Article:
Vice President-Elect

—-Envelope, official:
—-—-The Honorable
—-—-(Full Name)
—-—-The Vice President-elect

—-Letter salutation:
—-—-Dear Mr./Ms. (Surname): *

—-—-—-* See last point in the post below.

vice president elect

How to Address a Vice President-Elect of the United States

What is the proper form for addressing a vice-president elect in person? Would someone correctly say, ‘Mr. Vice President-Elect’?
—-—-—-—-– BP

Dear BP,
Someone might say ‘Vice President-elect (Name) will be here in five minutes’  but that is not a form of address. It is referring to the official in the third person.

The vice president-elect has been elected in a general election. Thus, he or she is addressed as ‘the Honorable (Full Name)’ in writing in a letter’s address block or mailing envelope, and in a formal introduction.

The VP-elect isn’t addressed as ‘Mr. Vice President’ until he/she has taken the oath of office. Until then, the current office holder retains the courtesies of office. Non have been transferred at this point.

* Until he or she has taken the oath of office, he or she is adddressed orally and in a salutation with the honorific to which he or she is entitled prior to taking office – e.g., ‘Mr./Ms./Dr./Senator/etc. (Name)’.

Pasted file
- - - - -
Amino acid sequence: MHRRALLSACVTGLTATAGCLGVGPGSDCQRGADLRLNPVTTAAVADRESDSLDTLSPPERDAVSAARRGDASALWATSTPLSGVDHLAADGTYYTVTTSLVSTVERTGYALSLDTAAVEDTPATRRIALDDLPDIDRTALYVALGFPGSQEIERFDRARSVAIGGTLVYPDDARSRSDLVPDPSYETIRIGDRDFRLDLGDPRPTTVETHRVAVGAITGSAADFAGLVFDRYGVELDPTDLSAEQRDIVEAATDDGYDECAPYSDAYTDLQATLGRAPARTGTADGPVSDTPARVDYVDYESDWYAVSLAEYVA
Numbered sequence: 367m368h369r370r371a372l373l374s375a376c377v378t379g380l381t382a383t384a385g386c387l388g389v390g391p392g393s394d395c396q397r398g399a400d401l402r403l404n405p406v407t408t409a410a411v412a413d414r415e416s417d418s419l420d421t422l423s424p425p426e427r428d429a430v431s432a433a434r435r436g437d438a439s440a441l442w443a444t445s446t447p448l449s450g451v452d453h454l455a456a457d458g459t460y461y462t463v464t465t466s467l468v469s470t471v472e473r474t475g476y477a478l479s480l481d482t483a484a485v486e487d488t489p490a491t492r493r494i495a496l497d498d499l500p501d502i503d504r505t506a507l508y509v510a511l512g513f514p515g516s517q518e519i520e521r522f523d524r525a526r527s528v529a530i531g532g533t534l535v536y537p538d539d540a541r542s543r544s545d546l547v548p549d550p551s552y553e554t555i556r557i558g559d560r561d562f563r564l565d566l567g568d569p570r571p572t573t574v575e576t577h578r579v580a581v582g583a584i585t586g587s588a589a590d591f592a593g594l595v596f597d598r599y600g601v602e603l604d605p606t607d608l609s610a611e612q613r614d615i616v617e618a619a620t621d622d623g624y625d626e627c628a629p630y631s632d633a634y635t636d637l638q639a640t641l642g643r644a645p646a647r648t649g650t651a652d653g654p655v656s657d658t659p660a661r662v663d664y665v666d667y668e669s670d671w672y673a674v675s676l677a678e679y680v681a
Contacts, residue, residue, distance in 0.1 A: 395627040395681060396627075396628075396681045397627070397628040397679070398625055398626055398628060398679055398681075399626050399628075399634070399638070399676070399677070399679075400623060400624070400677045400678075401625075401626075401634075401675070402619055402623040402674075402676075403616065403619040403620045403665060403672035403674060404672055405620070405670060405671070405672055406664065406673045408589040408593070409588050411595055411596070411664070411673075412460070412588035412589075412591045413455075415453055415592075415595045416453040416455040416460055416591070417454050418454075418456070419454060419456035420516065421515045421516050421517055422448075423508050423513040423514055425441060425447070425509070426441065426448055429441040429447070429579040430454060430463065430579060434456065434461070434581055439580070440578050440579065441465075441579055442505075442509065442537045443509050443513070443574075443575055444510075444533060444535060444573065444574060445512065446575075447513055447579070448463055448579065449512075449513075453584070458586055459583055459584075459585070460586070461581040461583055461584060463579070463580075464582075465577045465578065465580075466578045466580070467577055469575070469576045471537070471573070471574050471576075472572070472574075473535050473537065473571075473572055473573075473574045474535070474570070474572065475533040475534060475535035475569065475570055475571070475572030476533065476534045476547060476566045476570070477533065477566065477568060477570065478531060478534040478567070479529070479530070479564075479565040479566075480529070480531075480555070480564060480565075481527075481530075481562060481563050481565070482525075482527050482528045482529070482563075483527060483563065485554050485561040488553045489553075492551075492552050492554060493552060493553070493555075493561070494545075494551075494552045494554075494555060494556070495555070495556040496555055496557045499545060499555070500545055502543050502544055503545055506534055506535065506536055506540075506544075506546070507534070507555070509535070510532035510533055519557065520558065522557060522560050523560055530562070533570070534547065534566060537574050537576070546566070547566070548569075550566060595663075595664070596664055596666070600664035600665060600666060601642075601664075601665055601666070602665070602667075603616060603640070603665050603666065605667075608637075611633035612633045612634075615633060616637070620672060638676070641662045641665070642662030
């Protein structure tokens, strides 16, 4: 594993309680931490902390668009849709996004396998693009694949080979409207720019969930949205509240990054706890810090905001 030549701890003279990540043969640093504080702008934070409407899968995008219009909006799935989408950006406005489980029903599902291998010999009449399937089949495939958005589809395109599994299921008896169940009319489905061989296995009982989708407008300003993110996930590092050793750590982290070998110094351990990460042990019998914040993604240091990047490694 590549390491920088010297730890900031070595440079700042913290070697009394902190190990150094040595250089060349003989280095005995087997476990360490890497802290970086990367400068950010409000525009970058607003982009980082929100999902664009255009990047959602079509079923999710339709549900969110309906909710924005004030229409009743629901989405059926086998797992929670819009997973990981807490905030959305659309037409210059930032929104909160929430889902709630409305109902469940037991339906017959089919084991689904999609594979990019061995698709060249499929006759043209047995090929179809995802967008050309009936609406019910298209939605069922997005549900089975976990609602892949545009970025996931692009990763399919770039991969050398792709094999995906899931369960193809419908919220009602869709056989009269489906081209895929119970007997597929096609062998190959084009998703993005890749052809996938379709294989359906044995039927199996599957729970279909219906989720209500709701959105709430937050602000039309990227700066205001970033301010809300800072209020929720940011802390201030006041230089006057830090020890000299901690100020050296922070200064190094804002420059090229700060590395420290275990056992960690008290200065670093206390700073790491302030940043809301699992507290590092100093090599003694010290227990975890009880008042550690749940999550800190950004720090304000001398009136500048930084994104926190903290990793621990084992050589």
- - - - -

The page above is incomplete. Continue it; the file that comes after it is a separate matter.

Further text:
– Robert Hickey

—-See these Posts on Types of Officials:
Candidate for Office
—-—-The Honorable, Use of
—-—-The Late, Use of
—-—-Pro Tempore

Not Finding Your Question Answered?

—-#1)  At right on desktops, at the bottom of every page on tablets and phones, is a list of all the offices, officials & topics covered on the site.

—-#2)  After checking the list and reading the posts, if you don’t see your question answered send me an e-mail. I am pretty fast at sending a reply: usually the next day or so (unless I am traveling.)  Note: I don’t have mailing or Email addresses for any of the officials and I don’t keep track of offices that exist only in history books.

—-#3)  If I think your question is of interest to others, I will post the question & answer – always changing the names and specifics.

— Robert Hickey

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